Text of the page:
An official website of the United States Government
  • Home
  • Blog
  • Take more control over the mortgage closing process with technology

Take more control over the mortgage closing process with technology

By

Closing on a mortgage can be one of the most exciting, and one of the most stressful times of your life. It comes after you’ve chosen your home, scoured the neighborhoods, evaluated the neighboring schools, and exchanged countless pieces of paperwork between your lender, realtor, home inspector, and others. You’ve made offers and finally had them accepted. You’ve been approved for a mortgage, and you have one more step to go before that home is yours: sign a mountain of papers at closing.

Recently, we asked you to tell us about pain points in the mortgage closing process. We also conducted in-depth interviews with consumers like you, realtors, loan officers, attorneys, and others involved at closing to better understand what goes on at the closing table. Through this research, we heard about four major pain points.

Four major pain points

Not enough time to review documents. You told us that you don’t get the paperwork until you arrive at the closing table, where there is pressure to rush through and sign your name over and over – with not enough time to ensure that you understand what you are signing.

Overwhelming stack of paperwork. You told us there are just too many pieces of paper in the stack, making the process of closing on a home daunting and overwhelming. The result is that many of you leave the closing table with a nagging feeling that something hidden in the stack might have long lasting effects on your financial well-being.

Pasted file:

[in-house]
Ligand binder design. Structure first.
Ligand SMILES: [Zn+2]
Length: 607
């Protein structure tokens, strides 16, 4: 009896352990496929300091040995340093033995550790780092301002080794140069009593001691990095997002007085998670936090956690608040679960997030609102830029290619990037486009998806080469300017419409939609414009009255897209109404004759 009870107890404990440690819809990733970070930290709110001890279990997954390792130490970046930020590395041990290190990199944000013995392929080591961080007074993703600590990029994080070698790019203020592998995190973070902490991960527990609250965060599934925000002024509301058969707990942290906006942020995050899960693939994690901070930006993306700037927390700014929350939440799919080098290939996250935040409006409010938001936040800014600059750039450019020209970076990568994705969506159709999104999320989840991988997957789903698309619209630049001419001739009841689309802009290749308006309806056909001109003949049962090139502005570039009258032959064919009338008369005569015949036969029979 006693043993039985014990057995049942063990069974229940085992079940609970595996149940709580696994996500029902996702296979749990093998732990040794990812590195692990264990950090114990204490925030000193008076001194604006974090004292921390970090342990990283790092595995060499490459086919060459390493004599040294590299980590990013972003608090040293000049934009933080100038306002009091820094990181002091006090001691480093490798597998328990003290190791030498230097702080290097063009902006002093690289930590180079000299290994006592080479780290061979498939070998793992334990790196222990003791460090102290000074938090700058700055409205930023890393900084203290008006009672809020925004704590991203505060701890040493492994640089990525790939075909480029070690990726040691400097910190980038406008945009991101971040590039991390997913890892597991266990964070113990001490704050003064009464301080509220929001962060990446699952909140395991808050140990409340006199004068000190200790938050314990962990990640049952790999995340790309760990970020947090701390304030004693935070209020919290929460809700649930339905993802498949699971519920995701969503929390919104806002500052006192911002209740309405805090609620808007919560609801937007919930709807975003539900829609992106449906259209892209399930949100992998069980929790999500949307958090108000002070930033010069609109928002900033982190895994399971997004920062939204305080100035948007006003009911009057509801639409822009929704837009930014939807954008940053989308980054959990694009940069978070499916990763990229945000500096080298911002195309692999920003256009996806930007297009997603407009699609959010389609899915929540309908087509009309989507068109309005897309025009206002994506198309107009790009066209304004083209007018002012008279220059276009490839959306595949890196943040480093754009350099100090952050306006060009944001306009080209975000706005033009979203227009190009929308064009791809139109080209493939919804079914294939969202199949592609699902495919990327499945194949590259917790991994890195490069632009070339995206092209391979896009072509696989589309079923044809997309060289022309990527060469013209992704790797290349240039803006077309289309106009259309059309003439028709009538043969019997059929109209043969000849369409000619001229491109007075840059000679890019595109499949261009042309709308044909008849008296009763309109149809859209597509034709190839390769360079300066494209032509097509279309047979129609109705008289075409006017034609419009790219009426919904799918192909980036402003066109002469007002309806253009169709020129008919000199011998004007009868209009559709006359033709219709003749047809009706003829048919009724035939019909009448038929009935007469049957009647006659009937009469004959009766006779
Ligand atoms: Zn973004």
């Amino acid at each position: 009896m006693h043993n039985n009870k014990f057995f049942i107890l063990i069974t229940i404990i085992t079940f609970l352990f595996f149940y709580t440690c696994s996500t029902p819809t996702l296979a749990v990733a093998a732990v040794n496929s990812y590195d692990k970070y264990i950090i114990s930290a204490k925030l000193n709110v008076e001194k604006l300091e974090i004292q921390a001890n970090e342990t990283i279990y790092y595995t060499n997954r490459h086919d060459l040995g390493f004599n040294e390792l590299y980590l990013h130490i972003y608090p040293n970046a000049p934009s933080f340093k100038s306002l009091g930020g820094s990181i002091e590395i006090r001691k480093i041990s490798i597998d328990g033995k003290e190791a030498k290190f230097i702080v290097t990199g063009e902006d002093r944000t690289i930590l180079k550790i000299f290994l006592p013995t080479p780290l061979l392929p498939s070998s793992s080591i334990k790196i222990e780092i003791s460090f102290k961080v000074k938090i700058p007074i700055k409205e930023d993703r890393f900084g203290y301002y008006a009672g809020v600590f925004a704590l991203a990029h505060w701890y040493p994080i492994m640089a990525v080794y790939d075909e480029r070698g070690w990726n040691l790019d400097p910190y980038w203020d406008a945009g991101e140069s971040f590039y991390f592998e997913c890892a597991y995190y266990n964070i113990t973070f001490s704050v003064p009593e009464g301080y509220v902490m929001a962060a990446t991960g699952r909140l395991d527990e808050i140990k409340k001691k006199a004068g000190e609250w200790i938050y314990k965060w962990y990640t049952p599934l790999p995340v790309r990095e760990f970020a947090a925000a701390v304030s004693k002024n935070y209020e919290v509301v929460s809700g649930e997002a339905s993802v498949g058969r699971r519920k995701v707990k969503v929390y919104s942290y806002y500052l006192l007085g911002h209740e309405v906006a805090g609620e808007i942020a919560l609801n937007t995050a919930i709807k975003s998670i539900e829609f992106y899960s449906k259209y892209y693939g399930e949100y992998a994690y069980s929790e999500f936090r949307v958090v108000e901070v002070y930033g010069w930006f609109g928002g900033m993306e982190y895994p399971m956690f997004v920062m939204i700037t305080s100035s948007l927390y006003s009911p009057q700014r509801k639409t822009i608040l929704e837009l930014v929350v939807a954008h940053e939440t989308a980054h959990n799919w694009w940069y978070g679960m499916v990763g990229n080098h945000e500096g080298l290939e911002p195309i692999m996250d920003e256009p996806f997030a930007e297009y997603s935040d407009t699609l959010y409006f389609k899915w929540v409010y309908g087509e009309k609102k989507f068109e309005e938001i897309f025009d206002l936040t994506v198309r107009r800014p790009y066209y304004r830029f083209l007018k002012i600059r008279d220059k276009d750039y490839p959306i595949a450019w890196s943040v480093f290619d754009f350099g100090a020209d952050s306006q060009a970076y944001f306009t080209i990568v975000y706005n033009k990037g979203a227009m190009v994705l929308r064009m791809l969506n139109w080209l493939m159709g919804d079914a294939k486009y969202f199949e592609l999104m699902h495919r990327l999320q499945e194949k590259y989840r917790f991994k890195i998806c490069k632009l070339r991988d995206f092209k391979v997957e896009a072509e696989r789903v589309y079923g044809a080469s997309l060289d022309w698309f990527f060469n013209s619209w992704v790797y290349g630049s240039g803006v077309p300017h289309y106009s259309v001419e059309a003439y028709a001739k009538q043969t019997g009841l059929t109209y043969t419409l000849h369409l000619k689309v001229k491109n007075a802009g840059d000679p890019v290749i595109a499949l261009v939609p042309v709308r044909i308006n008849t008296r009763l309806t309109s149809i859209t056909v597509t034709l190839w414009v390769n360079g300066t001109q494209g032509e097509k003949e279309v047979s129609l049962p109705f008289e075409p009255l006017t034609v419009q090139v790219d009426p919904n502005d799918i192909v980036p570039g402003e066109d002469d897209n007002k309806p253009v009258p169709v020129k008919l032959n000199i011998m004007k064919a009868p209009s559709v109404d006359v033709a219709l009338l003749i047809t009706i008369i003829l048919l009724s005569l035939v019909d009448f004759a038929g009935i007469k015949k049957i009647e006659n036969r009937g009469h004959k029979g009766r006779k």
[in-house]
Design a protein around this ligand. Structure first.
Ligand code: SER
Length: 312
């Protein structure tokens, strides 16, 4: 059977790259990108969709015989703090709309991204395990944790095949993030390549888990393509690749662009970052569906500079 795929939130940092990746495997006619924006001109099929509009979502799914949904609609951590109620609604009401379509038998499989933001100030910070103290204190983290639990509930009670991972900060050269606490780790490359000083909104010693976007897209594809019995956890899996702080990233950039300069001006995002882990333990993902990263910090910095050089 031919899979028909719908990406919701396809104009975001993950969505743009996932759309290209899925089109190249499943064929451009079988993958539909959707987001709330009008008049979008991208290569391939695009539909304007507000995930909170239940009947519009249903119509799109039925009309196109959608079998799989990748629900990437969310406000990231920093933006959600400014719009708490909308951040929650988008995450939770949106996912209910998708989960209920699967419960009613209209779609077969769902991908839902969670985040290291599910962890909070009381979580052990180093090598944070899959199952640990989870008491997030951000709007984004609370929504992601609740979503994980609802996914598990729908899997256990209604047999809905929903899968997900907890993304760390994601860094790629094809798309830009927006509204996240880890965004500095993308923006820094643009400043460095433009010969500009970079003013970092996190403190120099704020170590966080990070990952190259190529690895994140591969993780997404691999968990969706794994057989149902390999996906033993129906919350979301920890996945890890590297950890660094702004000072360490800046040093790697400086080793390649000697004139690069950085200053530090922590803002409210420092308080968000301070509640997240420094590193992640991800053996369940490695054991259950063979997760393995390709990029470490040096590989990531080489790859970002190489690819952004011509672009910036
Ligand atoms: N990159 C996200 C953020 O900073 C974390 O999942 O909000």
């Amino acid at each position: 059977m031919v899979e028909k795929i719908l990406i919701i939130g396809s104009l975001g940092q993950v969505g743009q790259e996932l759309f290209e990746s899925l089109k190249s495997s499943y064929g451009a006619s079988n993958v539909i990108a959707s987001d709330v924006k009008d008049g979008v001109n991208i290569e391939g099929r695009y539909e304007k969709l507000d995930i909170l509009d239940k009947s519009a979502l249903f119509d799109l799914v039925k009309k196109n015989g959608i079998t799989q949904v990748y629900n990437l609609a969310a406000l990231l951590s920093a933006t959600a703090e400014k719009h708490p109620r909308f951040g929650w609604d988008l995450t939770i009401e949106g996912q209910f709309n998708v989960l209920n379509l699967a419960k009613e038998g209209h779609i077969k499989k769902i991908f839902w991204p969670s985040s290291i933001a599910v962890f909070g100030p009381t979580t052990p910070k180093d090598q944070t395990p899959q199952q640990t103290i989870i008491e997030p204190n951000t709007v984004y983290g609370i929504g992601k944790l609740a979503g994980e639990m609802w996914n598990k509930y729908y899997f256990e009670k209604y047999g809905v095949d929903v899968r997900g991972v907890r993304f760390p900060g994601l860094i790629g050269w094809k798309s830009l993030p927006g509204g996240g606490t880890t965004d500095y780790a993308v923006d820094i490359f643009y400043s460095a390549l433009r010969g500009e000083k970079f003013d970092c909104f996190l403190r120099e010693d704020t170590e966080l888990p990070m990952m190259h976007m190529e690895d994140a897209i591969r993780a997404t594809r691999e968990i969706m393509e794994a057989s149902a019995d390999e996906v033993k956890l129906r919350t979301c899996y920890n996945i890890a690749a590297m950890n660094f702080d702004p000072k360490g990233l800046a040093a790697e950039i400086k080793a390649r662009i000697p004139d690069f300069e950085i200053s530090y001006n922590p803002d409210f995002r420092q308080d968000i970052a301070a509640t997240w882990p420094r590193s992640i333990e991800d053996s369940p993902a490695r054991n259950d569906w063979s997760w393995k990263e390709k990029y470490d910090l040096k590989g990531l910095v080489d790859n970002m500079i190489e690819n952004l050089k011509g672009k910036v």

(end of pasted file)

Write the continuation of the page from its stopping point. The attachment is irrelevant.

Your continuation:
Documents are hard to understand. You told us that closing documents are full of legalese and technical jargon, and that you often have little help from others in the closing room to gain understanding.

Errors in the documents. You told us that errors in closing documents can often lead to delays. Even common and seemingly minor errors, such as a misspelled names or forgetting to include your spouse, require closing agents to redo the entire closing package.

Finally, we tested ideas for improvements to the closing process that help you play a more active role in the closing process. Before you sign on the dotted line, we want you to be able to fully understand the terms of your loan, have a chance to carefully review the documents you are signing, and feel empowered to ask the right questions and identify errors in the process.

Piloting a solution

From your comments and our research, it’s clear that the current closing process is not ideal. We identified potential solutions to some of the problems you identified. In particular, ideas for how technology can improve the closing process which we want to test over the coming months. Later this year, we plan to launch an e-closing pilot aimed at encouraging lenders to put you in the driver’s seat of your closing.

Some of our ideas include using technology to:

  • Help explain key terms, the closing process, and important documents
  • Give you more time to review the stack of documents
  • Help you find and fix errors in the documents prior to closing

If you want to learn more about the pilot, or are interested in participating, check out the guidelines and solicitation.

We’re excited about some of the promising technologies in the market today and we’ll keep you updated as we learn more about ways that the closing process can be improved. You can check out the report on the current state of closing for more about what we heard.